Donald Berwick, MD, former head of CMS, has written an article for the Journal of The American Medical Association, April 5, 2016, Entitled “Era 3 For Medicine and Healthcare.” In it, he describes Era 1 of healthcare as the time when doctors and other health professionals were simply trusted to practice, and spend healthcare dollars, without much oversight out of respect for their education and status. This era ended because clinicians, left to their own devices, proved unable to restrain healthcare spending or follow scientifically-proven best practices. Era 2, of which Dr. Berwick was an important proponent, was the era of overweening healthcare management, with clinicians forced to use electronic health records that worked very poorly in pursuit of dozens of goals, many of which were of no proven value. This era is itself in the process of ending badly, with CMS publicly backing off its support of Meaningful Use, the widely reviled initiative to dictate to physicians how to use the EHR’s they weren’t sure they wanted in the first place. Era 1 was unsustainable, but era 2 has had the effect of demoralizing physicians to the extent that physician burnout is being described as an epidemic.
In his proposal for era 3, it is clear that Dr. Berwick has not repented of his role in inflicting era 2 on American healthcare. Some of his proposals have merit: the number of outcomes that are measured should be drastically reduced so that attention can be paid to a few, important outcomes. Professional prerogatives can be a barrier to doing things better- physicians should not be able to pull rank when making decisions about outcomes that require the actions of teams. Some of Dr. Berwick’s recommendations are simply wistful: we should all behave civilly to each other. We should reject greed, and focus upon the common good. But the heart of Dr. Berwick’s essay is his belief that the problem with era 2 was that sound ideas were badly applied. He does not seem to see that quality management, as he conceives of it, cannot be applied to much of healthcare.
There are certain healthcare processes with clear, measurable good and bad outcomes that lend themselves to quality management as if they were industrial processes. It is clearly bad to have a wound infection after major surgery, and the processes of major surgeries should be managed to decrease the number of wound infections. The way that myocardial infarctions are properly treated in 2016 is better than how they were treated in 1986, and steps should be taken to ensure that MI’s are treated as they should be in the modern era. The situations in healthcare that are well-suited for scientific management are highly important, but they are few in number. For the great majority of healthcare encounters, quality is hard to define, let alone manage.
I would welcome comments on this observation: I have had conversations with people who either just got health insurance for the first time, or have had changes in their health insurance, and find that after they have paid their monthly premiums they don’t have much left to pay the out-of-pocket costs left to them by their insurance plan. They stay away from the doctor unless they have a catastrophe first that maxes out the amount they have to pay for health care that year, and only then do they feel they can afford visits for maintenance care and minor illnesses. I want to provide care at a reasonable price that heads off some of the catastrophes. It’s not as good as waving a wand that keeps my patients from needing my care forever, but it’s the best I can do.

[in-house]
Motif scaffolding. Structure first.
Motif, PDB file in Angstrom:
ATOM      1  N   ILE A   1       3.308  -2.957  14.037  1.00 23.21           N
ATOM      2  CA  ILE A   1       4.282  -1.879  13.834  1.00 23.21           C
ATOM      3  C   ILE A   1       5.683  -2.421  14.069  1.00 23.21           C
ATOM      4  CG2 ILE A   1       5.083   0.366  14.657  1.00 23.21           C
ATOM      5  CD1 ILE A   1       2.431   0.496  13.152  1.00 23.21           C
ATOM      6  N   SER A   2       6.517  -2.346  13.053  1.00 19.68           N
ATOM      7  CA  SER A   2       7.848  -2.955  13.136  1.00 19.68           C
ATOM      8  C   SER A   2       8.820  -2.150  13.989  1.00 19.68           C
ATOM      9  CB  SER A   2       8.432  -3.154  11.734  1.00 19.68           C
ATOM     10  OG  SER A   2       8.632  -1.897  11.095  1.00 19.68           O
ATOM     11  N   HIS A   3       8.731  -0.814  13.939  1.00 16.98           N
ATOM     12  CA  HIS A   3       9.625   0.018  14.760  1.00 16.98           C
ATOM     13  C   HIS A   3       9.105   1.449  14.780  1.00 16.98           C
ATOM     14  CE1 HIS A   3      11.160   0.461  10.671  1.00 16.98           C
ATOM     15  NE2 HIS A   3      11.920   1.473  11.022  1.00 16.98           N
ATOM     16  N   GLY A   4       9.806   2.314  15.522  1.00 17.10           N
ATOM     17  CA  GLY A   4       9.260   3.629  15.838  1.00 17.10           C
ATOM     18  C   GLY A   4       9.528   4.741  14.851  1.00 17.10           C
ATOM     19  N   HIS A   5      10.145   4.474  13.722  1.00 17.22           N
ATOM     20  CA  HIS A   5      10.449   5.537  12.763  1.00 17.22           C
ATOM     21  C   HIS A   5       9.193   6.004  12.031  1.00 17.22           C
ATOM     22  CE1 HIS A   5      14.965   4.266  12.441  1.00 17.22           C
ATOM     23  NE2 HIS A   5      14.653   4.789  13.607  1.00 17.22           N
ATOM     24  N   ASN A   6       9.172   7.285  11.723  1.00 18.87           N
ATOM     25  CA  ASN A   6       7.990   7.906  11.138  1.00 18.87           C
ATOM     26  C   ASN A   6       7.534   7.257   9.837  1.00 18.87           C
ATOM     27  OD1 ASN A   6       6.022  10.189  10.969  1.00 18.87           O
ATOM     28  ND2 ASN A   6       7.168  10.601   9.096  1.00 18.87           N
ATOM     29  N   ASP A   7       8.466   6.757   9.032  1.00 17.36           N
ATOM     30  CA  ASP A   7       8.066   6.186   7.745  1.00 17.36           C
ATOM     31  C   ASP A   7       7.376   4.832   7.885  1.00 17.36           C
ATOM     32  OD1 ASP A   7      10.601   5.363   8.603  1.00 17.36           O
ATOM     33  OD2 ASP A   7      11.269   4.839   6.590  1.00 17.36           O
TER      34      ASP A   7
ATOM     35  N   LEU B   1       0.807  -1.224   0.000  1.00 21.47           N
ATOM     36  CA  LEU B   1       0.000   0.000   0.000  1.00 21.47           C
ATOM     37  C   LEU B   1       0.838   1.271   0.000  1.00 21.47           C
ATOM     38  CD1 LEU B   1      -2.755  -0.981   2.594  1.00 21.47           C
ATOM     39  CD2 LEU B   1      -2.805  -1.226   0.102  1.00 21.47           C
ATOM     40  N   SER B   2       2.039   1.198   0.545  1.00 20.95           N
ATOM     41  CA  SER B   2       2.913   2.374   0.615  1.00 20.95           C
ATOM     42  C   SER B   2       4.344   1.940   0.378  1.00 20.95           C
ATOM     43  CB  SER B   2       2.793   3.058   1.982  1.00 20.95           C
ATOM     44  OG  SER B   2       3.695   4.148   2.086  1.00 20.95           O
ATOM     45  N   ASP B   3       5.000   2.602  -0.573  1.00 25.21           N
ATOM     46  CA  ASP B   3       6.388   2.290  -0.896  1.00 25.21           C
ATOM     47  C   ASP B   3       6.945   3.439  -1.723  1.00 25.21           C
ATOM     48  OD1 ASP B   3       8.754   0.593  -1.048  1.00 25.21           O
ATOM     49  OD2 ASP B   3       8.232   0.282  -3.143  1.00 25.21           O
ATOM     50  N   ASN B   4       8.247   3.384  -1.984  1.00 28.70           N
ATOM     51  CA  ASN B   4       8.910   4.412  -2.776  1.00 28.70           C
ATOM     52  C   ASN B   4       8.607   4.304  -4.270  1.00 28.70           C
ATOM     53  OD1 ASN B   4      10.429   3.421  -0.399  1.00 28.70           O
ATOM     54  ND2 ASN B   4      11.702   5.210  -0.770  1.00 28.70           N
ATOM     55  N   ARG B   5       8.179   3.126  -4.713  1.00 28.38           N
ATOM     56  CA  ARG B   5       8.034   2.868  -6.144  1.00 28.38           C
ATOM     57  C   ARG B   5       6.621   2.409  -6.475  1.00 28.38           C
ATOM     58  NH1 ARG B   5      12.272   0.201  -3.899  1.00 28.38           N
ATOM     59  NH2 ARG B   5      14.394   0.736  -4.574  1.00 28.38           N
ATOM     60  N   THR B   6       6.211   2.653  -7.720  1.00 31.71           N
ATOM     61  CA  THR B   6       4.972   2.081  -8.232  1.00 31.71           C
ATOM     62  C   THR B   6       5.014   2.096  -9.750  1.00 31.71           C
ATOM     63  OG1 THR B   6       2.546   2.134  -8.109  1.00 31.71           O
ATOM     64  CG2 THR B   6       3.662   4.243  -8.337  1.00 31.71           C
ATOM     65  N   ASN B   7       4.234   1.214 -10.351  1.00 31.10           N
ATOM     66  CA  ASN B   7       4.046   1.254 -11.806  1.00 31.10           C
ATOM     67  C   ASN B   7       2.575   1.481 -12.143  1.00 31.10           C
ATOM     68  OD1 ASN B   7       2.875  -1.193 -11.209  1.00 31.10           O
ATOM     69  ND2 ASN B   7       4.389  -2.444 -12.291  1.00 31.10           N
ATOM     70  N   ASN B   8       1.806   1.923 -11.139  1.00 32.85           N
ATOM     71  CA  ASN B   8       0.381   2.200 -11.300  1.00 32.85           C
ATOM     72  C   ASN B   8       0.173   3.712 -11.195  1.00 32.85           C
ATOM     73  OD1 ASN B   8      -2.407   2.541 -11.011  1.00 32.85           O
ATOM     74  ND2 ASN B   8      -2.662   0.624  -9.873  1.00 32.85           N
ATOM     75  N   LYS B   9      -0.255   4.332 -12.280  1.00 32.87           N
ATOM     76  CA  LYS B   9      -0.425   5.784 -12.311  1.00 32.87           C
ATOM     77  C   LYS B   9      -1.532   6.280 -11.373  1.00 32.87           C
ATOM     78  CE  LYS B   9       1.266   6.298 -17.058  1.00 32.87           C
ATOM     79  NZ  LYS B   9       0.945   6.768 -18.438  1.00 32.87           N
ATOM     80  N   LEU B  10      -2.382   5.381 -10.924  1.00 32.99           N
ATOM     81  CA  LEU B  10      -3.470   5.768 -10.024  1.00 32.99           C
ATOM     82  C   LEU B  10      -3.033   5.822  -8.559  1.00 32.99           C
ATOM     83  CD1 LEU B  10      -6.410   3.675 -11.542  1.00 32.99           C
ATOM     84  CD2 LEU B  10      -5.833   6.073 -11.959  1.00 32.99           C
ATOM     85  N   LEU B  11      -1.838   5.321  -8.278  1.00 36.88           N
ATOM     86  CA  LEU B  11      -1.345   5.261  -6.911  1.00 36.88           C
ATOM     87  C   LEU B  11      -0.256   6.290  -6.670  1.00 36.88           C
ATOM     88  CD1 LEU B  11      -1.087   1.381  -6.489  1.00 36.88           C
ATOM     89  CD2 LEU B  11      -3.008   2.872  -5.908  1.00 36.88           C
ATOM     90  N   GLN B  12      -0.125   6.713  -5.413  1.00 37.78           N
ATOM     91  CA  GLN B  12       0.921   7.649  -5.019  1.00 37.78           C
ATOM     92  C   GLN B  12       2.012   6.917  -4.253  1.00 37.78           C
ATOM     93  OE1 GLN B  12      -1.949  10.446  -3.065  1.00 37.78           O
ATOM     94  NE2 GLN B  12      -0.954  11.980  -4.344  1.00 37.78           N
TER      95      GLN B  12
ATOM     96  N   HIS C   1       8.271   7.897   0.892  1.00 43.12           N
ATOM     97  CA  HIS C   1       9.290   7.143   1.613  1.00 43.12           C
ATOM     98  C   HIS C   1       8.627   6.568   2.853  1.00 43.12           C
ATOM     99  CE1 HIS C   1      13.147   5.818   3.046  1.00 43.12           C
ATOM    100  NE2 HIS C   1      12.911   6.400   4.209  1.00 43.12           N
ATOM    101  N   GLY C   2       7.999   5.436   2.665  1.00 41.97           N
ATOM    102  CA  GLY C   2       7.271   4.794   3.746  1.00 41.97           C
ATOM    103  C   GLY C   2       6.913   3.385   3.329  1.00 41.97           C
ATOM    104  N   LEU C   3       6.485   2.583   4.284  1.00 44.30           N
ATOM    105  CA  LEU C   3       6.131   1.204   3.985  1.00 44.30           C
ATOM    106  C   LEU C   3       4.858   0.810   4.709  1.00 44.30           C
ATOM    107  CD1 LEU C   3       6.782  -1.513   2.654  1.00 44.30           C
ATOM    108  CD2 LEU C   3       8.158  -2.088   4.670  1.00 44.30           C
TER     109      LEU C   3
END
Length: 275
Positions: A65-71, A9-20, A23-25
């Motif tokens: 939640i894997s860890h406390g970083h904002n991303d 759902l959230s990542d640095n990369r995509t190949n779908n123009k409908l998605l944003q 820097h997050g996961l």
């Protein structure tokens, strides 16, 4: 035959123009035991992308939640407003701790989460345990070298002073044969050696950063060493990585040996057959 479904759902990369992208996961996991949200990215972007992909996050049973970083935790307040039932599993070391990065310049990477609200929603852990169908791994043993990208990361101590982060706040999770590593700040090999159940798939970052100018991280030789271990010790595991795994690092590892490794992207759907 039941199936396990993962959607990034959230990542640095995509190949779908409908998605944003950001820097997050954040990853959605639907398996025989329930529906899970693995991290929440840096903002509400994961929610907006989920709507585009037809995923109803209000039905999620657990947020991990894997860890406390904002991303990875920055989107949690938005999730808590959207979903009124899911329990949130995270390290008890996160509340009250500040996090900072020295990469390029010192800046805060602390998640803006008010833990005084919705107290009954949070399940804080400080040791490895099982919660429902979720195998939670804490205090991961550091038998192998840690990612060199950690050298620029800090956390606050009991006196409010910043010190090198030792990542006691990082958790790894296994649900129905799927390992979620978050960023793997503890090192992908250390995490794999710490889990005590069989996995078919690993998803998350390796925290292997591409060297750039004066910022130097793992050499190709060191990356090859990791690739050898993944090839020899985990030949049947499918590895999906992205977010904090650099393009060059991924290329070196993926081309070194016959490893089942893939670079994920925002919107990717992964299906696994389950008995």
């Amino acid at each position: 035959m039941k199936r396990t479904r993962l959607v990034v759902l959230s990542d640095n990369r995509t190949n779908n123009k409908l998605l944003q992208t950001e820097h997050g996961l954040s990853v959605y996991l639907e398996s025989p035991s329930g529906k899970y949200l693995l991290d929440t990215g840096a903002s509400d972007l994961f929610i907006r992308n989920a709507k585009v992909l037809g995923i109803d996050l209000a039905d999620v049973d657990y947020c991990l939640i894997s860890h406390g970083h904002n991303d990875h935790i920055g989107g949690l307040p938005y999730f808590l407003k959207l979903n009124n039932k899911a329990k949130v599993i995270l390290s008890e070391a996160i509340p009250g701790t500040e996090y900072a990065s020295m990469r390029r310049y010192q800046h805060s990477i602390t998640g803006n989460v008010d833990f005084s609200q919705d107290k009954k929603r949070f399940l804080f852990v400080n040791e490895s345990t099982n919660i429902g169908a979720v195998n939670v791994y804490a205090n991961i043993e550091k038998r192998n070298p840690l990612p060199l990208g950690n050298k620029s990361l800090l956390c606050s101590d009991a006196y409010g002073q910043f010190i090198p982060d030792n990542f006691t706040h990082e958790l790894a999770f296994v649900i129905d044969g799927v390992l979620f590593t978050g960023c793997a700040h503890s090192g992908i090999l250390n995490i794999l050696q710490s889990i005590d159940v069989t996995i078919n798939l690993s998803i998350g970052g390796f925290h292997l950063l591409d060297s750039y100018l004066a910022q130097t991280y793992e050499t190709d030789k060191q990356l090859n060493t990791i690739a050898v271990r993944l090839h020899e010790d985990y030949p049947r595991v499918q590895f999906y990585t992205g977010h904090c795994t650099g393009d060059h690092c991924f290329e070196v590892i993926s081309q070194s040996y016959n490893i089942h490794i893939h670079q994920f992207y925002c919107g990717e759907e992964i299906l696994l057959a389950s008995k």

In fee-for-service medicine, a doctor accepts money in exchange for a diagnosis. This is especially true if health insurance is involved, because without a diagnosis (accompanied by a ridiculously arcane code) the bill won’t get paid at all. I worry that this exchange is sometimes harmful to patients.
There are some problems with diagnoses. The first is that they usually lead to treatment, which may or may not be helpful. It takes a really good relationship with a patient who has a problem to tell him to do absolutely nothing about it, even when that is the best advice he could take. It’s far easier to write a prescription in the hope that it doesn’t cost too much and helps a bit without causing much harm. This seems to be what happens in the minute clinics, urgent care centers, and other sources of hit-and-run medical care.
The more harmful thing about diagnoses is that patients often absorb them into their identities. They start with, “my knee hurts,” are told by a doctor that, “you have arthritis,” and from there go on to conclude, “I am a person with arthritis, and this means that I am always going to have pain that changes my life.” The diagnosis emphasizes the patient’s disability and dependency, and makes the patient lesser for it.
This is especially true of mental health diagnoses. You can’t bill for an office visit because the patient is “sad” or “apprehensive,” so doctors diagnose “depression” and “anxiety.” This creates the expectation that the patient is going to receive an antidepressant or anti-anxiety medicine, perhaps the one that was advertised on television last night. After that, it is too easy for further office visits to center on the medicine: Does it work? Are there side-effects? Should we increase the dose, or try a different one entirely? It is too easy for important conversations to get lost in managing the diagnosis.
I don’t want to earn a living making diagnoses. I will use them when they are helpful, just as I use everything else at my disposal. Sometimes patients come in just because they are confused, or frightened, or unhappy. That’s not a disease, it doesn’t need a diagnosis, they’re just folks who need some help.